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I personally think Yahoo is on track. Much like when my buddy Carly left HP, I think the new CEO will find that Mr. Yang has a lot of good ideas running that just need some time.
I don't know. Search is settled for a while with Google, and I have to wonder about their margins on the rest. Even if Y! does everything right, it will still be a horrible year given the economy.
Well, Ms. Witch, we are very familiar with your reputation as a wise and thoughtful thinker in the world of webmasters. No silly paperwork. But, tell us, what do you propose? Where would you start?
There are plenty of things that can be done to get Yahoo kicked into shape and competing with Google if they wanted... but selling to Microsoft and giving away an Internet Brand isn't really looking to be competitive with Google, but to establish a marketplace with only 2 real choices for the public.
For Yahoo to develop they should look to what they are about... they should look at embracing 1000s of webmasters and making webmasters want to help them compete against Google.
The process of ditching/streamlining their inventory to re-establish their identity and find a clear direction is something that will help them compete. Even in existing (failing) sections they may be failing due to the strategy pursued... and approaching the same marketplace with a different strategy could move loss-making sections into breakeven or profitable states would certainly appeal to shareholders in the short-term.
I just ask Yang one question, why can't I participate in the ad schemes they have for publishers? Any company so parochial has to be a loser in the global markets nowadays. I've not checked but I assume that all European website publishers are also excluded. And Russia, and China? If so, is it any suprise that the company is failing? Or have i missed something recently.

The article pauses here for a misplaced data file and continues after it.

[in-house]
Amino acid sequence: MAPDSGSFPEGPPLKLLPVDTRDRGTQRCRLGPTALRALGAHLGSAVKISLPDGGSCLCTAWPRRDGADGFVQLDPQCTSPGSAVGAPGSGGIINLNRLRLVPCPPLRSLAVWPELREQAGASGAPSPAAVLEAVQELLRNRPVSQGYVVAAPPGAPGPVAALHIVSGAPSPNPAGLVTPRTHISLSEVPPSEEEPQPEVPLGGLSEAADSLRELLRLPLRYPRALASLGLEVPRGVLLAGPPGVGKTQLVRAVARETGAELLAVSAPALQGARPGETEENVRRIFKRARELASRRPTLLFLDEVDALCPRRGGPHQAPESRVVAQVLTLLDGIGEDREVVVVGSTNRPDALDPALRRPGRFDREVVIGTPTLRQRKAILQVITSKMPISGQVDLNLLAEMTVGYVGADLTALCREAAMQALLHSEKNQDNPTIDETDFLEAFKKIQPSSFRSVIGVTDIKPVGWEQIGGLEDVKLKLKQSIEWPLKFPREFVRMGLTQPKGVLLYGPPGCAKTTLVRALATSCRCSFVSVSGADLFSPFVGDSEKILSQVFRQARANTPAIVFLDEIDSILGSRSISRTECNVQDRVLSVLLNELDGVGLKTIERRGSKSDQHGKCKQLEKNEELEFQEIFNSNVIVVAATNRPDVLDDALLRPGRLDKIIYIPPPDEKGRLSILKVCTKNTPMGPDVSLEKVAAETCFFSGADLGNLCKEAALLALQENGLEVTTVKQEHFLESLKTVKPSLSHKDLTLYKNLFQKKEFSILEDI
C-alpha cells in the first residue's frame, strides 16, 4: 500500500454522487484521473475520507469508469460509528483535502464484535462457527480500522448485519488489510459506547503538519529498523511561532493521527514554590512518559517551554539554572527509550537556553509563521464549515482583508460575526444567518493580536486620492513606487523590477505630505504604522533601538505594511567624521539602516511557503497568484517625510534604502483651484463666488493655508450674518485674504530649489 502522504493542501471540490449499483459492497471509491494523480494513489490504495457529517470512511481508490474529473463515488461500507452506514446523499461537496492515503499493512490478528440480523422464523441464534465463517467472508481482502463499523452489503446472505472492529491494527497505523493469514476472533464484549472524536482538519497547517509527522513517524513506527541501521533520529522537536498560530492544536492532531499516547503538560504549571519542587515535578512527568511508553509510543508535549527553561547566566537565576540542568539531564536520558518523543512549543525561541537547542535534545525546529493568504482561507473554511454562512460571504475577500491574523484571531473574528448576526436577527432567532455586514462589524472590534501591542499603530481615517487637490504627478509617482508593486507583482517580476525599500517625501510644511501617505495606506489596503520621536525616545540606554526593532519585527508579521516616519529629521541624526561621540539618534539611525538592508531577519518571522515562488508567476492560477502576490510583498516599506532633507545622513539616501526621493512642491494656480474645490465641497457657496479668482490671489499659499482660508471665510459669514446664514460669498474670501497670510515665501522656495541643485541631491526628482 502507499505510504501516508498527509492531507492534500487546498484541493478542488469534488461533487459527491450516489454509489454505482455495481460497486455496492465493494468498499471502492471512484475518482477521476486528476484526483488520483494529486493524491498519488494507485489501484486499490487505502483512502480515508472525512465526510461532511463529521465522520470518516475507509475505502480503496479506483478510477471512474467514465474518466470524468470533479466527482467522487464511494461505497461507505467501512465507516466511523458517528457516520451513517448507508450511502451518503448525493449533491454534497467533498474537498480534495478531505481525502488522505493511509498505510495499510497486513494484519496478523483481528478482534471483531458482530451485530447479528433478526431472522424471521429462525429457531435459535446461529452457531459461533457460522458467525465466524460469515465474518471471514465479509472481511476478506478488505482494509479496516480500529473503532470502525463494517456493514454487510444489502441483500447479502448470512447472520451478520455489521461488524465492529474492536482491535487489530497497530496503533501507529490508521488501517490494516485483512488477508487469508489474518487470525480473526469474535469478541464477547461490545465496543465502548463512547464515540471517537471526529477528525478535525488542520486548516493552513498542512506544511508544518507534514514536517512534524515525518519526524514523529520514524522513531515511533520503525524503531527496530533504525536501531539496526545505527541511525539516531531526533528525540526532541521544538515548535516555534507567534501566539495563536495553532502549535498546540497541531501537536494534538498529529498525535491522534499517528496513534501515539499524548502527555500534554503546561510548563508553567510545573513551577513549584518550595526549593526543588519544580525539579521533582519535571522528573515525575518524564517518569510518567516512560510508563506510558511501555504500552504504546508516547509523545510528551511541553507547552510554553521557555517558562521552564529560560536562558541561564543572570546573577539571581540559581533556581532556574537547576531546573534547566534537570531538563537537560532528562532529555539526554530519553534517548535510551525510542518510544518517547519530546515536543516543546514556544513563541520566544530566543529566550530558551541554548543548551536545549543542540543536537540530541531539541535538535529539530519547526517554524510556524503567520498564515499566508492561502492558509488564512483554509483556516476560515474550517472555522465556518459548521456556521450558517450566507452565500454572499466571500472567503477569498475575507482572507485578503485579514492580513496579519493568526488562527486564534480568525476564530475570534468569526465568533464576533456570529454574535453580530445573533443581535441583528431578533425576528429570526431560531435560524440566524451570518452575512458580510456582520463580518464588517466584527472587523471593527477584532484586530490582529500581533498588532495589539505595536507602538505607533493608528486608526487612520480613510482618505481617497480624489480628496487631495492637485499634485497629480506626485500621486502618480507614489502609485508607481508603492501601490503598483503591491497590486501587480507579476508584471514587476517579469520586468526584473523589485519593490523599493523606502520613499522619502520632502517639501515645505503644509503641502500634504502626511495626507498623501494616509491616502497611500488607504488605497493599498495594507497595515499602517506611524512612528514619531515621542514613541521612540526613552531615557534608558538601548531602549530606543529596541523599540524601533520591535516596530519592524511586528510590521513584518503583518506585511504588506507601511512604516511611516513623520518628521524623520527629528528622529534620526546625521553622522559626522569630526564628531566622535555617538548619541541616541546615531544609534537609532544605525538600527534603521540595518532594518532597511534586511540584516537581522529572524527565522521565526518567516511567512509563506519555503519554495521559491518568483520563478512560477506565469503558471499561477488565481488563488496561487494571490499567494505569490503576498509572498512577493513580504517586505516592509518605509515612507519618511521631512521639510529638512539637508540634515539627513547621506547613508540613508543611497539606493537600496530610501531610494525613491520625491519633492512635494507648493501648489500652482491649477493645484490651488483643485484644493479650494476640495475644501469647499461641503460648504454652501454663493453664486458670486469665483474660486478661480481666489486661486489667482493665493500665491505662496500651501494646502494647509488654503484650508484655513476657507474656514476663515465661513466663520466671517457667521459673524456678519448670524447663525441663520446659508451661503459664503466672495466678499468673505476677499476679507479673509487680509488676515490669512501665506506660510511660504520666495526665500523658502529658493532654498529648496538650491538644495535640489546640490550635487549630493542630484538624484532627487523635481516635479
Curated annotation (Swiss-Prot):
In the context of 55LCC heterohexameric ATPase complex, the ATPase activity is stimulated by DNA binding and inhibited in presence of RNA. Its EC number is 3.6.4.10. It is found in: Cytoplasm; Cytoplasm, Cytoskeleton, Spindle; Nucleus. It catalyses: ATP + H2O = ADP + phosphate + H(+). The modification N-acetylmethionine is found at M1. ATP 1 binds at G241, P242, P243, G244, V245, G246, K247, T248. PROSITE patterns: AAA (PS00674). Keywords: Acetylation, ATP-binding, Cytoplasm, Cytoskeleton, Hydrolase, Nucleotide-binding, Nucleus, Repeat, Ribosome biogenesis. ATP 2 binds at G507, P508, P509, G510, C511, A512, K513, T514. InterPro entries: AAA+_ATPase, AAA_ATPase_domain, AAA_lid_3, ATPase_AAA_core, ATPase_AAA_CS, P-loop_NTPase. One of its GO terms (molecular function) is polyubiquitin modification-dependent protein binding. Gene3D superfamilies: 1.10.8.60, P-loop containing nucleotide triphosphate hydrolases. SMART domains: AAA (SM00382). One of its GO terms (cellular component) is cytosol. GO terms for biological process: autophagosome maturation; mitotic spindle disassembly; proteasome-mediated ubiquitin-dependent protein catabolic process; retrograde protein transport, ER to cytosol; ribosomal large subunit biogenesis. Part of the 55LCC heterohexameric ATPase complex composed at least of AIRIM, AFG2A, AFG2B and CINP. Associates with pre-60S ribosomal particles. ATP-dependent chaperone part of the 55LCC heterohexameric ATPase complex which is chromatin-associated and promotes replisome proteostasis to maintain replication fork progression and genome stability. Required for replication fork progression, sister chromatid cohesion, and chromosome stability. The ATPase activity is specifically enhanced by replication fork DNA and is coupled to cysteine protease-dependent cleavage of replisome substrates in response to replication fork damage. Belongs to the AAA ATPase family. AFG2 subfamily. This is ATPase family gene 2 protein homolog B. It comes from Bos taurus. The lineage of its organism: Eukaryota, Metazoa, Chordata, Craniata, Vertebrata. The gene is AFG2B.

As for being a portal, Yahoo also suffer from being totally parochial. Compare the Yahoo UK version of their home page with the BBC news page and it's a joke. The BBC offer England, UK, Northern Ireland, Scotland and Wales versions. Yahoo? Just UK. Again, I haven't looked but France, Germany, Spain and the rest probably get the same treatment.
There's a whole wide world out there that has overtaken the US and that's where the real money is.
Call YSM and talk to them.
I don't know where you did your research.
Yahoo has an incredibly strong international marketshare. In some places, they're still #1 for search; #1 overall in the Asia-Pacific region, particularly strong in Japan. Yahoo has separate UK [uk.yahoo.com] and Ireland [ie.yahoo.com] divisions. Should they apologize for not being as granular as the BBC? Yet, they do have a separate Yahoo for the province of Québec [qc.yahoo.com]. hmmm...
what's worse: they are a company without a usp. being the biggest portal on the net (by the way: not in most countries actually) is not a usp. being the biggest car manufacturer in the world does not indicate that you are able to stay in the market tomorrow. you got to have at least one key area where you are better (or cheaper in the offline world) than anyone else:
google = search/advertising, microsoft = operating system, yahoo = none.
what's more, they never got international with some of their core products and potential money makers: ysm is still only in english and not available in almost all countries (correct me if i'm wrong but u.s./uk only). it's absolutely ridiculous. international users don't like to be treated like an orphan at all. still waiting for an adsense competitor from yahoo since five(!) years.